DelegateReference unit tests fail in "Release" mode

Aug 29, 2008 at 1:09 AM
I was preparing to do a build of CAL today and thought I'd run the unit tests before committing the .dll to TFS.  I had already switched to Release.  To my surprise, one of the unit tests failed, "NotKeepAliveKeepsDelegateIfStillAlive" (in DelegateReferenceFixture.cs).  After some digging the only conclusion I can come to is that in Release mode either the C# compiler or the JIT compiler do some optimization that causes the unit test to fail (even though I'm quite certain the WeakReference object being used by DelegateReference works as it should).

        [TestMethod]
        public void NotKeepAliveKeepsDelegateIfStillAlive()
        {
            var delegates = new SomeClassHandler();
            var delegateReference = new DelegateReference((Action<string>) delegates.DoEvent, false);

            GC.Collect();

            Assert.IsNotNull(delegateReference.Target);  // This Assert fails in "Release"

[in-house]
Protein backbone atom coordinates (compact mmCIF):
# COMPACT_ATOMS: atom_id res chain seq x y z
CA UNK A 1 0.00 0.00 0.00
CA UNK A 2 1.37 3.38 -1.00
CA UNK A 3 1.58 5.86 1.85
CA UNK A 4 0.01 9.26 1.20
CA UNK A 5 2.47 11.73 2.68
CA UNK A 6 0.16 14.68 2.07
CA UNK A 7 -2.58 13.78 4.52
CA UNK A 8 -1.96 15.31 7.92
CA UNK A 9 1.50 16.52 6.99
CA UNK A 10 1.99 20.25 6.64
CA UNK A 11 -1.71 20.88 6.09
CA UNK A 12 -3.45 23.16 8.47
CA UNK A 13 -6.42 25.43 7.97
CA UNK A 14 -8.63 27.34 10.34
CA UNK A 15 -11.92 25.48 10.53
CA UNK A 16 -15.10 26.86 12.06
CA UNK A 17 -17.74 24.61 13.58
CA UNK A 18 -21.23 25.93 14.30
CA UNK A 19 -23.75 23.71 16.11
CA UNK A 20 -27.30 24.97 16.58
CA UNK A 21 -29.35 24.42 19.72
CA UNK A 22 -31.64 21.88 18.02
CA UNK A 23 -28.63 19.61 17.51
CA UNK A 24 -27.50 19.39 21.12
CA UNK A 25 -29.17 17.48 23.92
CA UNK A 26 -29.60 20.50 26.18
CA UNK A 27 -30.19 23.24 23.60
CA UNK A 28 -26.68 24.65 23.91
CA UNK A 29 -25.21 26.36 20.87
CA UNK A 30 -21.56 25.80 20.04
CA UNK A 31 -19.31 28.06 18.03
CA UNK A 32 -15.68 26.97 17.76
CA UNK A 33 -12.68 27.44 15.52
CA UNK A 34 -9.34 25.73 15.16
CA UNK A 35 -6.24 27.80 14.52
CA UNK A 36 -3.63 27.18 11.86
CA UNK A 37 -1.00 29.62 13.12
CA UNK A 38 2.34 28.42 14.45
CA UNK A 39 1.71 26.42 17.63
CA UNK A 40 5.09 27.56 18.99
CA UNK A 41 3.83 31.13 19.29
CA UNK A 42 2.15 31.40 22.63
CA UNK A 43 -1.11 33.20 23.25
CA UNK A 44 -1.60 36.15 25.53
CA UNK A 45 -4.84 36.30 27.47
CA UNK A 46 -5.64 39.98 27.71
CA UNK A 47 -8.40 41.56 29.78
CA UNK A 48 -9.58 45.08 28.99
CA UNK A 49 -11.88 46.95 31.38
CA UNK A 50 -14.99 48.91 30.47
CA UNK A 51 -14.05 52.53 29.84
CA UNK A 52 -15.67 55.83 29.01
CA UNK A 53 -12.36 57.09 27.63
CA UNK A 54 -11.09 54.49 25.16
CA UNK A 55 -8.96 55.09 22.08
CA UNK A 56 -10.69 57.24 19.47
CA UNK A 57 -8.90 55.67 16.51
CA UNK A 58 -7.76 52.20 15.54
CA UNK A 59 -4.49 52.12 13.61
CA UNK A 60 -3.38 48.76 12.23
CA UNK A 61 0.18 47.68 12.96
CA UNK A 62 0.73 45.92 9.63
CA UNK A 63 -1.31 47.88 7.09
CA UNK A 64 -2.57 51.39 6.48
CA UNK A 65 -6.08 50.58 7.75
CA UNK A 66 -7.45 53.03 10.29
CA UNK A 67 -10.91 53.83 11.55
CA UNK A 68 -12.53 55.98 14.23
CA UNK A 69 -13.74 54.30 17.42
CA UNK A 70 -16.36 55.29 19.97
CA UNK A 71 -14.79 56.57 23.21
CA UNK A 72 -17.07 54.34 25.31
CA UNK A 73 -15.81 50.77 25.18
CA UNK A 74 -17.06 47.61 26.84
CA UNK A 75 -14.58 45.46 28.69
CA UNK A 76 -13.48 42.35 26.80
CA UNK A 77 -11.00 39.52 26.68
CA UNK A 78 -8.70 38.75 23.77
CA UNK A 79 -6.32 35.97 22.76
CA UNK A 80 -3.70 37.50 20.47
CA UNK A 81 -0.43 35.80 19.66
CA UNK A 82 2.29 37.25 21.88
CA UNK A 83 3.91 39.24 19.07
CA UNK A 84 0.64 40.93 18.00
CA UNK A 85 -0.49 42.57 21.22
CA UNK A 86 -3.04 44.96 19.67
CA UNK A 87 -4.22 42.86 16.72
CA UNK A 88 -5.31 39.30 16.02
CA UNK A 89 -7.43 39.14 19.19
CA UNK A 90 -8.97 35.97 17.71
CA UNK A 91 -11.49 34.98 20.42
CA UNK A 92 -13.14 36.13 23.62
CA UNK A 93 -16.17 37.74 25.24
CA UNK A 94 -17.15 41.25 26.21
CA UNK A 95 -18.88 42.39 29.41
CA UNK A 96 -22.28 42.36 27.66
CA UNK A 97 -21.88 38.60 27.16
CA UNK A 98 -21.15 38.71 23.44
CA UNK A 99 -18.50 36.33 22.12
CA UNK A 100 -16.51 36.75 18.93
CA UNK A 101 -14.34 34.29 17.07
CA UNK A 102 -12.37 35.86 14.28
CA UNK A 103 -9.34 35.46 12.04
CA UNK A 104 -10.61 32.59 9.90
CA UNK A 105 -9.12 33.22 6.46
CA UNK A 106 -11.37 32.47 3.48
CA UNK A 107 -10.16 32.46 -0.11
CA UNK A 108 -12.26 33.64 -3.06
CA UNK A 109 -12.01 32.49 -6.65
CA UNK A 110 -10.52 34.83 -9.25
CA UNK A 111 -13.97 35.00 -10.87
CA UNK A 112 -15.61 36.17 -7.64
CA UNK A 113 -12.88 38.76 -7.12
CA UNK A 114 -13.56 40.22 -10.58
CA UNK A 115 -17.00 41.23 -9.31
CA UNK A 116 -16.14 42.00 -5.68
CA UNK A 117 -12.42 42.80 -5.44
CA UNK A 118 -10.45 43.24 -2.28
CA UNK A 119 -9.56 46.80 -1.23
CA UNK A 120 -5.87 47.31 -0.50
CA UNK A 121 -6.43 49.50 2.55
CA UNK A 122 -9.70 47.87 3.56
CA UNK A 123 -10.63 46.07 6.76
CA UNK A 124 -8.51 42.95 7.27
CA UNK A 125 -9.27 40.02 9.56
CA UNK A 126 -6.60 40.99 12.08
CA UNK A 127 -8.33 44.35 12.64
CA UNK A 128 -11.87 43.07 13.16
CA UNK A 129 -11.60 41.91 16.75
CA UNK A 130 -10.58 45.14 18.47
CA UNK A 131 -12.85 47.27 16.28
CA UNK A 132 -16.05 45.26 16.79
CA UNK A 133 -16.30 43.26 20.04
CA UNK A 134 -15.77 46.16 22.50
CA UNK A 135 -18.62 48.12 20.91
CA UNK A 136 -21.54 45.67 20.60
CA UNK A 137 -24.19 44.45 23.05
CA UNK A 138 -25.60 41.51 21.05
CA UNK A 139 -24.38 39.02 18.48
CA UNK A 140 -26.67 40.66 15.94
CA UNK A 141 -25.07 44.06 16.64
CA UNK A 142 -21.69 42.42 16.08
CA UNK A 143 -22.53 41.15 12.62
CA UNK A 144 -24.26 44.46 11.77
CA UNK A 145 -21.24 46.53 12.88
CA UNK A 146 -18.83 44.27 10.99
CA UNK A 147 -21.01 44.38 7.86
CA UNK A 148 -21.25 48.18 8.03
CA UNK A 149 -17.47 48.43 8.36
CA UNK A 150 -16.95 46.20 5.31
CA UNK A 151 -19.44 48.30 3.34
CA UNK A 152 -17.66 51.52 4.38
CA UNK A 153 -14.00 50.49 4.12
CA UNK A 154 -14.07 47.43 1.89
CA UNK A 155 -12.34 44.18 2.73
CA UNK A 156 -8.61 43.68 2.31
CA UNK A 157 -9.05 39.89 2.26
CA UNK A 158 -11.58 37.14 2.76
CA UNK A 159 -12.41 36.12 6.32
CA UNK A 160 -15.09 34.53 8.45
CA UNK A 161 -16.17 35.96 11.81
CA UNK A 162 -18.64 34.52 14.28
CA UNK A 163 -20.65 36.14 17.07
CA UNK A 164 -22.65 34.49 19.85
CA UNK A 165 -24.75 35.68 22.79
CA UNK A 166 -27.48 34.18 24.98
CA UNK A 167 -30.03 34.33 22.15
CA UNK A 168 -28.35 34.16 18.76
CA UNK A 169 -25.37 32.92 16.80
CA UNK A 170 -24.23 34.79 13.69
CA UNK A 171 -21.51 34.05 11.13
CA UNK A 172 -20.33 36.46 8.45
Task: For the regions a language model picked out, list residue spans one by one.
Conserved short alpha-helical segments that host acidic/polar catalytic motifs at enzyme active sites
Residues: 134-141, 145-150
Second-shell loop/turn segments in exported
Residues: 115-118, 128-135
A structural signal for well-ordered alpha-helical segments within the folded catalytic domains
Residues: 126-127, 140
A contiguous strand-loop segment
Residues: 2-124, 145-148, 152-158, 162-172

delegates = null;
            GC.Collect();

            Assert.IsNull(delegateReference.Target);
        }

Out of curiousity, can anyone explain why?
Aug 29, 2008 at 7:53 PM
Hi Jeremy,
Thanks for the heads up. We ran into a similar thing while we were doing perfomance testing on CompositeWpfEvent. As you said, the issue is not in DelegateReference, but in the test.
The compiler makes some optimizations because delegates variable is not being used anymore, so it removes the reference immediately.
If you for example add the following line, the test will work correctly:

            Assert.IsNotNull(delegateReference.Target);
            Assert.IsNotNull(delegates);    //this uses delegates in order to avoid compiler optimizations
            delegates = null;

Thanks, and I'll make sure we fix this test for next release,
Julian Dominguez
http://blogs.southworks.net/jdominguez
Developer
Aug 29, 2008 at 7:59 PM
Yes this is definitely due to optimziation.  You could also do:


    Assert.IsNotNull(delegateReference.Target);
    GC.KeepAlive(delegates);
    delegates = null;

Which will keep the delegates alive until that point.  I like this better as it may help explain it in-code a bit better.

-b